“There seemed to be differences between the groups such as that of Roch Wamytan and Neaoutyine and they have alliances with others who are not necessarily Kanak.

“We insisted that it is important they come together and speak with one voice if we are to help them.”

The FLNKS will hold a special congress on December 4-5 to try to develop a united strategy for the independence movement, but there are serious debates over the best way forward.

International diplomacy

The internal debate within the FLNKS has been complicated by the rise of the new Parti Travailliste (Labour Party), an independence party which draws support from the USTKE trade union confederation and other disenchanted FLNKS supporters.

Louis Kotra Uregei, unionist turned businessman who leads the party, told ISLANDS BUSINESS that while his party is still small, it has achieved significant success since its founding in November 2007.

“After we ran well in the 2008 municipal elections, we ran our own tickets in each province for the 2009 Provincial Assembly elections. We won 12 percent of the vote in the Northern Province and over 20 percent in the Loyalty Islands, a good showing for such a new party. We then increased our vote in the Loyalty Islands during the December 2009 by-elections,” Uregei said.

He added: “With our call for independence in 2014, we will continue to get support from the Kanak people. We hope the Pacific region will support us in our struggle.”

As 2014 approaches, the independence movement is seeking to maintain international attention and support.

This international lobbying began in the 1980s, with FLNKS leaders like the late Yann Céléné Uregei and Tjibaou seeking regional solidarity and diplomatic support.

A major breakthrough came in December 1986, when the UN General Assembly re-listed New Caledonia as a non-self-governing territory, bringing the case before the UN Special Committee on Decolonisation.

For years, France had refused international scrutiny of the self-determination process. But last May, nearly 24 years after the General Assembly resolution, the governments of New Caledonia and France invited the UN Special Committee to hold its regional seminar in Noumea, a signal of greater openness to international attention.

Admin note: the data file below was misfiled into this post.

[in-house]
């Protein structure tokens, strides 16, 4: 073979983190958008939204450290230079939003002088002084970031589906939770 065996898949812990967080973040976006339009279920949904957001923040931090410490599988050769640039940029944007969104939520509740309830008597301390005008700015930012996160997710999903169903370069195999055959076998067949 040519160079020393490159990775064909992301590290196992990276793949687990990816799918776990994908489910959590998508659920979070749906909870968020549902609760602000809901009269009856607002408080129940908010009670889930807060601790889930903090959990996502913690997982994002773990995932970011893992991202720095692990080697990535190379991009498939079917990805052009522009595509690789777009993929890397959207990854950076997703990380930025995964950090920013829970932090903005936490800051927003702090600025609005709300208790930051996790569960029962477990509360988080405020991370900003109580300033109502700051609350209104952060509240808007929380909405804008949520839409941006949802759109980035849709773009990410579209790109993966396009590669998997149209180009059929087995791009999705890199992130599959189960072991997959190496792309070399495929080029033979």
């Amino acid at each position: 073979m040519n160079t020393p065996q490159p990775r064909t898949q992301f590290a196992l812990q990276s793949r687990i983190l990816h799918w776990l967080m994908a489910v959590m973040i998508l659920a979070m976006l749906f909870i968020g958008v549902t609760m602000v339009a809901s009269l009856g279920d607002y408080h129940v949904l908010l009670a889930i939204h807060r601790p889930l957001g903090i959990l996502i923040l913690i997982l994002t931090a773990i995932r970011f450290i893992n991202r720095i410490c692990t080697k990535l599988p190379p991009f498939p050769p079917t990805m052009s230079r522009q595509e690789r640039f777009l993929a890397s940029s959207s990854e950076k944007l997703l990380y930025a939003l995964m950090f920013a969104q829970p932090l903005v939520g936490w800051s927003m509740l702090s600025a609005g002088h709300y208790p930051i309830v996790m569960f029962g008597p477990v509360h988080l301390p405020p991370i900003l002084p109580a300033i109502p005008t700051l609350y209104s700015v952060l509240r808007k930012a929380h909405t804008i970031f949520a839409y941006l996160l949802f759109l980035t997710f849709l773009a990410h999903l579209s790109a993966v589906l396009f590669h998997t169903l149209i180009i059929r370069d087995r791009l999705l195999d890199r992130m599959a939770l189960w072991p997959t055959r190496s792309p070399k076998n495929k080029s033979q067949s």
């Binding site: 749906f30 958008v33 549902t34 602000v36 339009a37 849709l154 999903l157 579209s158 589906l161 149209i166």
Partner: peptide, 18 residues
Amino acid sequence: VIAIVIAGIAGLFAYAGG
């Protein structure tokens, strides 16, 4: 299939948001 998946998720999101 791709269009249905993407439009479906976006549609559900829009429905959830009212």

Earlier this year, French High Commissioner Yves Dassonville joined President Gomes to lead an 11-member delegation to Australia, seeking closer regional ties.

A ministerial mission from the four Melanesian Spearhead Group (MSG) countries also visited New Caledonia between June 8-11, to assess the level of progress made in the implementation of the Noumea Accord.

The mission—led by Vanuatu’s Natapei—was critical of the lack of progress to support Kanaks to take over the administration of key sectors.

Natapei noted: “The referendum in the period 2014-2018 is fast approaching. It is rather too late to get some of the basic requirements under the Noumea Accord dealt with.”

This message was passed on to the United Nations in June, with Fiji’s UN Ambassador Peter Thomson formally telling the UN Special Committee on Decolonisation: “As a result of the visit to New Caledonia, the mission expressed some concerns on the slow rate of progress in the implementation of the Noumea Accord.

“Having said this, the mission also noted that a lot of work still has to be done, not only at the political level but in terms of capacity building as well, in preparation for the realisation of the Accord.”

New Caledonia gained Pacific Islands Forum observer status at the Palau leaders meeting in 1999, upgrading to associate membership at the Forum meeting in Fiji in 2006.